Why Is Apple Forcing Us All To Put Our Phones In Our Pockets Upside-Down?

The Citizen's Guide to the Future
Sept. 27 2012 7:15 AM

Why Is Apple Forcing Us All To Put Our Phones In Our Pockets Upside-Down?

Apple iPhone 5 headphone jack
Are you a right-side-upper or an upside-downer?

Photo by Justin Sullivan/Getty Images

I was sitting at my desk Wednesday, idly trying to fathom what had possessed Apple to put the headphone jack on the bottom of my new iPhone 5 rather than on top where it belongs, when I ran across an answer on an Apple forum that spun my world topsy-turvy. The explanation started innocently enough: “Internal space. There is not enough space in the top of the phone for the jack.” Right—an engineering decision, as I had suspected.

Will Oremus Will Oremus

Will Oremus is Slate's senior technology writer.

Still, it seemed unlike Apple to sacrifice design for performance. A bottom-mounted headphone jack means a cord poking out the bottom, an unwieldy hassle when you’re trying to listen to some tunes or a podcast while toting your phone in your pocket. Then came the spit-take: “Also, people usually put their phones upside-down in their pockets, so it works that way too.”


They do?!? My mind lurched to recalibrate itself around the notion. Not once in my decade-plus of mobile phone ownership had it crossed my mind to store one in this perverse manner. Could it really be that there were normal, healthy individuals who had been quietly walking around all these years with their phones stuffed in their pockets the wrong way around, like sleeping bats?

Unready to accept the far-reaching implications of this revelation, I stood up and marched over to the adjoining cube. “You guys don’t really put your phones in your pockets upside-down, do you?” I demanded. One after another, my colleagues confessed that they did just that. Not only that, they insisted that their bizarre method was “natural,” allowing them to stow and retrieve the device single-handedly without shifting their grip. In fact, they thought I was the weird one.

Now I was entirely out of sorts. Was nothing in this world what it seemed? Just as I was on the precipice of Kierkegaardian despair, one colleague piped up that she too was a right-side-upper, and that she was as baffled by the upside-downers as I. Heartened, I took another look at the online forums and saw there were plenty of people there as well who were nonplused by the bottom-mounted jack. It became clear that the smartphone world is divided into two camps, neither of which realizes that the other exists.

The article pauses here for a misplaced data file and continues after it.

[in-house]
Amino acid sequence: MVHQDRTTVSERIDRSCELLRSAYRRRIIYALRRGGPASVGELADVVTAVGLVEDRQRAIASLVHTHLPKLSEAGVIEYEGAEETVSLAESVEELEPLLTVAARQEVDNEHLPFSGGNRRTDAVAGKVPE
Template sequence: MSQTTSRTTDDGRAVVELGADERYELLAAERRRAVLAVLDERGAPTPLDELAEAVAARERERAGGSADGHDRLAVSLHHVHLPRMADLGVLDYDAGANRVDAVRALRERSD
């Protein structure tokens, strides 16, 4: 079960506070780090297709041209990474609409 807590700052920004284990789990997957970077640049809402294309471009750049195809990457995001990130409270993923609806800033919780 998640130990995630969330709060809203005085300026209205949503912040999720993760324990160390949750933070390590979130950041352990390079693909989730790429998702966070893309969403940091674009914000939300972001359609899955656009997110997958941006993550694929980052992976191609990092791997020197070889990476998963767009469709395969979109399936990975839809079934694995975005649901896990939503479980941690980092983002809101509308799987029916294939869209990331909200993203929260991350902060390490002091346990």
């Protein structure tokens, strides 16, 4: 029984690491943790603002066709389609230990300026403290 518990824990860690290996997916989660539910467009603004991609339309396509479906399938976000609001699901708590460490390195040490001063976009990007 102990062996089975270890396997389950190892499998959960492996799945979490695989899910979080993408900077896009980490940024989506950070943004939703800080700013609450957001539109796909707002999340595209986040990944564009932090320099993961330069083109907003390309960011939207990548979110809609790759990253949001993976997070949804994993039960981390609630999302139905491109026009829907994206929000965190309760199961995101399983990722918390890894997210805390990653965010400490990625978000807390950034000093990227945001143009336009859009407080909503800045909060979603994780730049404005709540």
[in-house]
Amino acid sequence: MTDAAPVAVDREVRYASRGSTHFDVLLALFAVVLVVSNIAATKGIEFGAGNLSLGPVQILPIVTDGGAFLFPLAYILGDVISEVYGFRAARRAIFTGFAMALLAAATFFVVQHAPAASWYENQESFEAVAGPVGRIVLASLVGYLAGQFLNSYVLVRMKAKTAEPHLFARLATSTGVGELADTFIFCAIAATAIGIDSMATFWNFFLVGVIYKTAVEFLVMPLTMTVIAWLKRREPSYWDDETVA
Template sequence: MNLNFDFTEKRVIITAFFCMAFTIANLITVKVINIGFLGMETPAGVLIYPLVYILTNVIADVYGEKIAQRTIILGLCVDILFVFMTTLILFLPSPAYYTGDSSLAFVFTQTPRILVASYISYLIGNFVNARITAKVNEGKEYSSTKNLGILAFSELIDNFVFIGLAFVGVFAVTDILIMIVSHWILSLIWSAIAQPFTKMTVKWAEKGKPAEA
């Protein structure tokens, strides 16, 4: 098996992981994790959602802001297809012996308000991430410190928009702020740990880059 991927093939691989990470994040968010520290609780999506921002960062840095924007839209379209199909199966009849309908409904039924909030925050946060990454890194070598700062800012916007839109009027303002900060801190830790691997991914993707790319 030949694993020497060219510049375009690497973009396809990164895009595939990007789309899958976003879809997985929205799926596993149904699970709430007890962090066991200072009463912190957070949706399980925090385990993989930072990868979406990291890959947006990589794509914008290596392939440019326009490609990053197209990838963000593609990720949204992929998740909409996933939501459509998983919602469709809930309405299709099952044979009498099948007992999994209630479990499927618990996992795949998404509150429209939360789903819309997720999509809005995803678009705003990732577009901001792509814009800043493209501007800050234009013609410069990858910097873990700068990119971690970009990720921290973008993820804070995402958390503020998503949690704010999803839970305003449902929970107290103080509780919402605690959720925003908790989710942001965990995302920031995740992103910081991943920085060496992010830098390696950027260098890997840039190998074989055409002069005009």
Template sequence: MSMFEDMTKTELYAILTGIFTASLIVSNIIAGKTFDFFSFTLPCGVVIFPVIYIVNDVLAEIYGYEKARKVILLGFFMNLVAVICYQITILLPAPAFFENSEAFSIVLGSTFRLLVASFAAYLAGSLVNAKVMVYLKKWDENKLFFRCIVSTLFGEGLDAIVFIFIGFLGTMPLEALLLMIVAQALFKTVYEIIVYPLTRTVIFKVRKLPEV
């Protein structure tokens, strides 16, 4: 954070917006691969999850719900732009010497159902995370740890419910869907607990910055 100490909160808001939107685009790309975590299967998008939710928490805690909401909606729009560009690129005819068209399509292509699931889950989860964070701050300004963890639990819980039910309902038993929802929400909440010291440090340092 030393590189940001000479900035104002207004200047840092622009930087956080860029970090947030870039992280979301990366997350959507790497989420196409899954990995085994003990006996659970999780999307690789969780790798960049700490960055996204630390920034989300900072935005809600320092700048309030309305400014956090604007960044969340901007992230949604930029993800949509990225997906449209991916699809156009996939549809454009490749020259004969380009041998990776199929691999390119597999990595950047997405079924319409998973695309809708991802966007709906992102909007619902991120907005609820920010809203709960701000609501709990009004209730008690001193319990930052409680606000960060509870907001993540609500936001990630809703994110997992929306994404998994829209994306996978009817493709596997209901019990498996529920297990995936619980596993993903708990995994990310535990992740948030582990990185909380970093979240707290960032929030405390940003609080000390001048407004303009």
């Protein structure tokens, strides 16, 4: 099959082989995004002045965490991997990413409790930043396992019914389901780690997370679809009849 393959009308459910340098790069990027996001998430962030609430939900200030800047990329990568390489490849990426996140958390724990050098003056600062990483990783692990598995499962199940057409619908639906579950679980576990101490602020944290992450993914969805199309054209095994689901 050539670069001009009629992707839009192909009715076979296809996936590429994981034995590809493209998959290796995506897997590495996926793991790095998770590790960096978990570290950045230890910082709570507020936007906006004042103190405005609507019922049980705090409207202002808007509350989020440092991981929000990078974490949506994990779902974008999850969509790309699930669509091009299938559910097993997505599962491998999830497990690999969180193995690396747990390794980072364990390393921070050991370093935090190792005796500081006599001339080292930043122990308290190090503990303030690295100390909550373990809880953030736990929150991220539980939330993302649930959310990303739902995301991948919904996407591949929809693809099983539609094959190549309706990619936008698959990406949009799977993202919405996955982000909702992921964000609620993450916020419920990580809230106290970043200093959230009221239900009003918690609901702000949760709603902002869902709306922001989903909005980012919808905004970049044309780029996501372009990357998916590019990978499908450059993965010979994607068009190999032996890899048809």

Until now, Apple’s phones have always favored the right-side-uppers. But its iPods made the flip years ago, and with the iPhone 5, Cupertino has come down squarely on the side of the inverted, forcing our kind to confront the contingency of a habit we had always taken for granted. (Other phone companies have experimented with bottom jacks in recent years, but they weren't Apple, so the change didn't spark any existential debates.)

It's possible to mount arguments on both sides. They are all essentially feeble—who gives a damn, in the end?—but enlivened by the vehemence of irrationality. The upside-downers, I've learned, are mystified at how we right-side-uppers must contort our elbows and wrists in order to keep our phones in an upright position while conveying them from our hands to our pockets. (It’s not that hard, I promise. Ever cut and shuffle a deck of cards?) We right-side-uppers wonder how the other half avoid constantly turning their screens on and off in their pockets, what with the power/standby buttons always bumping their legs. (Apparently this doesn’t actually happen.)

In the absence of a compelling logical reason to prefer either method, I'm left to surmise that there must be some fundamental character trait that separates the uppers from the downers. But I have no idea what that might be. Neurotics vs. slackers? Introverts vs. extraverts? Chaos muppets vs. order muppets? We need more data points. Have at it in the comments, and maybe we can get to the bottom of this once and for all.

Future Tense is a partnership of SlateNew America, and Arizona State University.


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